Kwan Tak Hing

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Kwan Tak Hing, MBE (traditional Chinese: ???; simplified Chinese: ???; pinyin: Guan Déxing; 27 June 1905 – 28 June 1996) was an actor who played the role of martial artist folk hero Wong Fei Hong in at least 77 films, between the 1940s and the 1980s. No-one else in cinema history has portrayed the same person as many times. In total he made over 130 films. He was elected to be the chairman of Chinese Artist Association of Hong Kong in 1955. He was awarded the M.B.E. (Member of the British Empire) in 1983.

Kwan was born in Guangzhou, China in 1905. He was the second child in the family. His father died of a disease at a young age. When Kwan was 12, he began work in construction. At the age of 13, he worked as a waiter in a restaurant in Singapore and started to learn Cantonese opera.

His film debut was in The Singing Lovers in 1933, made in the US. During the World War II he was in a troupe of patriotic entertainers and had a price put on his head by the Japanese.[1]

The first film in which he starred as Wong Fei Hong was the Story of Huang Feihong (1949) directed by Wu Pang and produced by the Yong Yao Film Company. The film included Shek Kin as the villain and Li Lan, the very first winner of the Miss Hong Kong Pageant, and the first of many winners who would become famous actresses in Hong Kong). This partership was a huge success and spawned many sequels, exploring many ideas and situations used in later action films. In 1956, a total of 25 Wong Fei Hong films were released.[2]

The Wong Fei Hong sequence of films ended in 1970, but in 1974, Golden Harvest revived the role, pairing Kwan with Sammo Hung in The Skyhawk. Other films followed followed in which Kwan reprised his familiar role – The Magnificent Butcher (1979), the Magnificent Kick (1980), and Dreadnaught (1981). TVB also aired a 13-part television series featuring Kwan as Wong Fei Hung in 1976. By this time, he was then in his 70’s and though he was doubled for the more athletic scenes, he still demonstrated remarkable fitness and suppleness. To the Chinese, Kwan embodied the Confucian virtues and patriarchal authority, and he is thought to have modelled his speeches on those of Sun Yat-sen.[3] Kwan appeared in cameo roles in The Family Strikes Back and Aces Go Places 4 (both 1986). His final film appearance was in the 1994 family comedy film It’s a Wonderful Life!, at the age of 89, some 61 years after his acting career began.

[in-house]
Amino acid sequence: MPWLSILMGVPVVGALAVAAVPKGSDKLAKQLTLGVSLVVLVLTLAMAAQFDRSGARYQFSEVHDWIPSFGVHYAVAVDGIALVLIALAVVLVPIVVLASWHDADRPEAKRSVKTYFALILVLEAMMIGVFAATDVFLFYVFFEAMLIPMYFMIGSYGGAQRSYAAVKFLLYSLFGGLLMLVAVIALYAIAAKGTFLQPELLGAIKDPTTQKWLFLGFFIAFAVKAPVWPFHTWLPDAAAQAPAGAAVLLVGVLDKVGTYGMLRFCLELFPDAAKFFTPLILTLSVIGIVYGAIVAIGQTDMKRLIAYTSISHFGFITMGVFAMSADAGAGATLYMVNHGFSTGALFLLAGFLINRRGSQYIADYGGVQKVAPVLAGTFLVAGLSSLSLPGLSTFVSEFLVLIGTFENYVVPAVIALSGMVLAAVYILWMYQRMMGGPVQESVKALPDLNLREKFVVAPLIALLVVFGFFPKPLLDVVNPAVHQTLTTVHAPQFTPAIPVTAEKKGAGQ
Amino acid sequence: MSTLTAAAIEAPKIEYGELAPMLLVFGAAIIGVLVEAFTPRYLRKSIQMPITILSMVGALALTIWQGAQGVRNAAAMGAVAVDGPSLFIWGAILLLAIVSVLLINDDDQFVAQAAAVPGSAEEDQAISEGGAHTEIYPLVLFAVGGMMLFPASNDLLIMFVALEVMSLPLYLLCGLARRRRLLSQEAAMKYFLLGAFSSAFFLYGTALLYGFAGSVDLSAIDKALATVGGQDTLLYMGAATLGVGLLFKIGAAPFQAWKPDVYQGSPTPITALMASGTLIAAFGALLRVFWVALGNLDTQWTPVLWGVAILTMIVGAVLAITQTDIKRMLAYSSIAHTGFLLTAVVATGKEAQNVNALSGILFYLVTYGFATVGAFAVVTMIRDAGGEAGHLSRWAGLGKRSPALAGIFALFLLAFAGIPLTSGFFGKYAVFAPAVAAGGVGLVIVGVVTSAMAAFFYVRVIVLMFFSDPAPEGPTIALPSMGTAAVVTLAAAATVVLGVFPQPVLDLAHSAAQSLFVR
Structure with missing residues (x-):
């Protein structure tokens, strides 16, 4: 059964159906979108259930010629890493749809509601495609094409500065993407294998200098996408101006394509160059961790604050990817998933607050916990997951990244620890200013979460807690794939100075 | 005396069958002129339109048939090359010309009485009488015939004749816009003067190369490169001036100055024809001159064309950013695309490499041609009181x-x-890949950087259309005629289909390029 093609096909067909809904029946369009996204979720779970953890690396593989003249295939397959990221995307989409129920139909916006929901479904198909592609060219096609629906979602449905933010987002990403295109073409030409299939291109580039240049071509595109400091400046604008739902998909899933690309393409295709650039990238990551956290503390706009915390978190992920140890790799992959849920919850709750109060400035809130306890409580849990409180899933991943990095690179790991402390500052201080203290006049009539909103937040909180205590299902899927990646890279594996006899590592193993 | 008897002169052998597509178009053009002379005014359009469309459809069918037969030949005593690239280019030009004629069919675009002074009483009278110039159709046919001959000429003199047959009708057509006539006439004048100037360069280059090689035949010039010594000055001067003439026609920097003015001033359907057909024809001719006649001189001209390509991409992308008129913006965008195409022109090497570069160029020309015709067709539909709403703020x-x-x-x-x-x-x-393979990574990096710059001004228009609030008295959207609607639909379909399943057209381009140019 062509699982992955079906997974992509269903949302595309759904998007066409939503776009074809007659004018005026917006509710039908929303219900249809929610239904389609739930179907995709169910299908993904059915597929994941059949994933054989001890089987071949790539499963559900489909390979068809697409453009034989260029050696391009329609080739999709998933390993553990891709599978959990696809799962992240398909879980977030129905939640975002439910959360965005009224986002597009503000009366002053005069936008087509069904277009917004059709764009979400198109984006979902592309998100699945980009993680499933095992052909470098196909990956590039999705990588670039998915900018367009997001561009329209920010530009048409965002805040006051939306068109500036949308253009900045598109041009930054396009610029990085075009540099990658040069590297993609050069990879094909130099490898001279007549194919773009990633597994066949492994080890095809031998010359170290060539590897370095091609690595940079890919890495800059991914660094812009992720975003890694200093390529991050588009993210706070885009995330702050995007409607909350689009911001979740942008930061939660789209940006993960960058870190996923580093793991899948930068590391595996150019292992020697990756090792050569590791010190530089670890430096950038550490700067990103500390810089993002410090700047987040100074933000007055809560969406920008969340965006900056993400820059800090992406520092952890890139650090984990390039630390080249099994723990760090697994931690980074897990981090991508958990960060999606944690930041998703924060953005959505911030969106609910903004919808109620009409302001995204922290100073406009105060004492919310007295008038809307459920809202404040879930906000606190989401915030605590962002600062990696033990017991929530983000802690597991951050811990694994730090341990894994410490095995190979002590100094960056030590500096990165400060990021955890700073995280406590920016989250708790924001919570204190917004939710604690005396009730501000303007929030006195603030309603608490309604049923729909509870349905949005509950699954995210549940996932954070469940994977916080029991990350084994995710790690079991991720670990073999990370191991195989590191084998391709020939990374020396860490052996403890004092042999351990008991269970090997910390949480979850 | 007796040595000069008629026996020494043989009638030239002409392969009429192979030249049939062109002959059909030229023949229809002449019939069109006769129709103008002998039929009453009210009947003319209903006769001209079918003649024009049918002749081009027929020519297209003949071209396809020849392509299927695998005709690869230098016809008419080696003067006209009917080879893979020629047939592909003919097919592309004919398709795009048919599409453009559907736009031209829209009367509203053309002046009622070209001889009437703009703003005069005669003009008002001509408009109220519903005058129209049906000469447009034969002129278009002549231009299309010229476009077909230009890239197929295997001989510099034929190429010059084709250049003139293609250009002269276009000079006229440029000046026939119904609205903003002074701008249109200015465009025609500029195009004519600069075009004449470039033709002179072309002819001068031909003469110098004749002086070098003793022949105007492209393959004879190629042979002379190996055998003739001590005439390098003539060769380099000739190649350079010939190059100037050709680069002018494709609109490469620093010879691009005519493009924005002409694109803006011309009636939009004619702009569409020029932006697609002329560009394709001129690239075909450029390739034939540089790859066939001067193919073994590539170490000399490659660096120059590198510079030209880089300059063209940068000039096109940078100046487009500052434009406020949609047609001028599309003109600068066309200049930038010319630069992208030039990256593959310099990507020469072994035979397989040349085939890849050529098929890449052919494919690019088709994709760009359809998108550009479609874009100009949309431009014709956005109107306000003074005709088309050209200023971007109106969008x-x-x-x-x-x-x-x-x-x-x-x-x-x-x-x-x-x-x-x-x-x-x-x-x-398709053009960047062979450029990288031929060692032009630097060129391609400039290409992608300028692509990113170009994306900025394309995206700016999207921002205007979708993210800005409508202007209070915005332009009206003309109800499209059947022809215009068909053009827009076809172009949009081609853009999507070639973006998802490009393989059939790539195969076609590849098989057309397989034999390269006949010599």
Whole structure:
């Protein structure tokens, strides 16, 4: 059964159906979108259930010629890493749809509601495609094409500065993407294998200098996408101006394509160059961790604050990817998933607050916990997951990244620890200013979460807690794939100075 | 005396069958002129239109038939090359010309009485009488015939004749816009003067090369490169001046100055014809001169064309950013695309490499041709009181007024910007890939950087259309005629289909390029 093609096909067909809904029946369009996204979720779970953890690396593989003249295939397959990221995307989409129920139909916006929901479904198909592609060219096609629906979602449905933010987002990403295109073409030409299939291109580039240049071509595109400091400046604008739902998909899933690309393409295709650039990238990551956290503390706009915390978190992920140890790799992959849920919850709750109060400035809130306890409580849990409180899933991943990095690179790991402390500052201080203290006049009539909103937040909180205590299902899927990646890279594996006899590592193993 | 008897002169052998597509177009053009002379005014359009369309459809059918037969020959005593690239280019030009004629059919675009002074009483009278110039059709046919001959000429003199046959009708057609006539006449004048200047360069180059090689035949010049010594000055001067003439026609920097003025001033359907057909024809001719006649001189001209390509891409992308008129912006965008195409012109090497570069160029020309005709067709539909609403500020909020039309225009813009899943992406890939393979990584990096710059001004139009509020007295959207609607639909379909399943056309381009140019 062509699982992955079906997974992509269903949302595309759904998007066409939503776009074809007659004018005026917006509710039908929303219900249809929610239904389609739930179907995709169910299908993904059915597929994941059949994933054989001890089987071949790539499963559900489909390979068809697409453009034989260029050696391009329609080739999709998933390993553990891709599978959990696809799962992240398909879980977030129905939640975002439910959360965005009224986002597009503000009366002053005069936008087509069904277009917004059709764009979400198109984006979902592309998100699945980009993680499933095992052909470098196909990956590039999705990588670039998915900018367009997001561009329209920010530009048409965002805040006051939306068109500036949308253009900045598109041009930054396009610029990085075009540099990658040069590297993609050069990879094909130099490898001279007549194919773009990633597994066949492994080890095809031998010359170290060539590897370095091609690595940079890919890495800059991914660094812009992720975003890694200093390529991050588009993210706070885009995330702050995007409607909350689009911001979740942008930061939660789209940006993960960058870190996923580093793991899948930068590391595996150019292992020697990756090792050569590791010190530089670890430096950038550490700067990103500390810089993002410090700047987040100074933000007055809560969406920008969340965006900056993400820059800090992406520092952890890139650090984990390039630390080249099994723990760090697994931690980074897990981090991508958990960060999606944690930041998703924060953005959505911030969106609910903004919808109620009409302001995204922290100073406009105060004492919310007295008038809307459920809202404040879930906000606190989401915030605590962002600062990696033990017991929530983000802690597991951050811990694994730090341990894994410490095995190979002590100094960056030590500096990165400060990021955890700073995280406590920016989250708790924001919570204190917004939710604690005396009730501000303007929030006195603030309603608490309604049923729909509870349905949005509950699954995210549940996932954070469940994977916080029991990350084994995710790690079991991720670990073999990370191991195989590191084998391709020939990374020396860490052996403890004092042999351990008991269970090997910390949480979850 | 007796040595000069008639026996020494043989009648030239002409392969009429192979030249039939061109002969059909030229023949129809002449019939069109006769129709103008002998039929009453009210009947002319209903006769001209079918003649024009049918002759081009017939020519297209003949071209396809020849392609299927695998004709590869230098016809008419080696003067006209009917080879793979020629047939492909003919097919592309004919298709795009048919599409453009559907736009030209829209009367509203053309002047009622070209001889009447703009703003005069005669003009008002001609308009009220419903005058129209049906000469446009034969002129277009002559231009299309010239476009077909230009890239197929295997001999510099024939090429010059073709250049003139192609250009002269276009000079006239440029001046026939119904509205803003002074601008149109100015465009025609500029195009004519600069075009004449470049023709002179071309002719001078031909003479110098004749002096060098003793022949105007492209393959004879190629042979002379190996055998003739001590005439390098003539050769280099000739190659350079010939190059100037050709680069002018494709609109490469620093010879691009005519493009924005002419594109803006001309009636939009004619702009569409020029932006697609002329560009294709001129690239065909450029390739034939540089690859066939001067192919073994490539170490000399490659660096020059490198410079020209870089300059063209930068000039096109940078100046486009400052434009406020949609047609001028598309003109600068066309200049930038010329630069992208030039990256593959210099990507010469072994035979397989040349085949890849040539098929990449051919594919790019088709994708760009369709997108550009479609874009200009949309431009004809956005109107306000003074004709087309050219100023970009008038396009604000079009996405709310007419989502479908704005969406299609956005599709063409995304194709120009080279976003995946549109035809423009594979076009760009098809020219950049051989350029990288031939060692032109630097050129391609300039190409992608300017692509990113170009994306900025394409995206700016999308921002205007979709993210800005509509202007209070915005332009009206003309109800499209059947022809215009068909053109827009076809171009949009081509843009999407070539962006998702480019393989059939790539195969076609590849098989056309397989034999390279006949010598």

Kwan was originally a practitioner of the White Crane martial art including the use of the bullwhip and the pole. Kwan was also known for his skills in the lion dance and Chinese calligraphy.

Although these films feature a lot of bloodshed, it is interesting that at the end of The Magnificent Butcher, the main villain (played by Hoi San Lee) is saved from Sammo Hung, reflecting Wong Fei Hung’s portrayal in the original films, wherein he would defeat the villain but then heal him. Kwan became so associated with the mature Wong Fei Hong that other filmmakers would only portray the character as a younger person, including Jackie Chan playing Wong as a young man in Drunken Master (1978), and Yuen Woo-ping depicting Wong as a child (played by actress Sze-Man Tsang) in Iron Monkey (1993). When Jet Li portrayed Wong in the Once Upon a Time in China (film series), many Chinese audiences thought him too young.[4]

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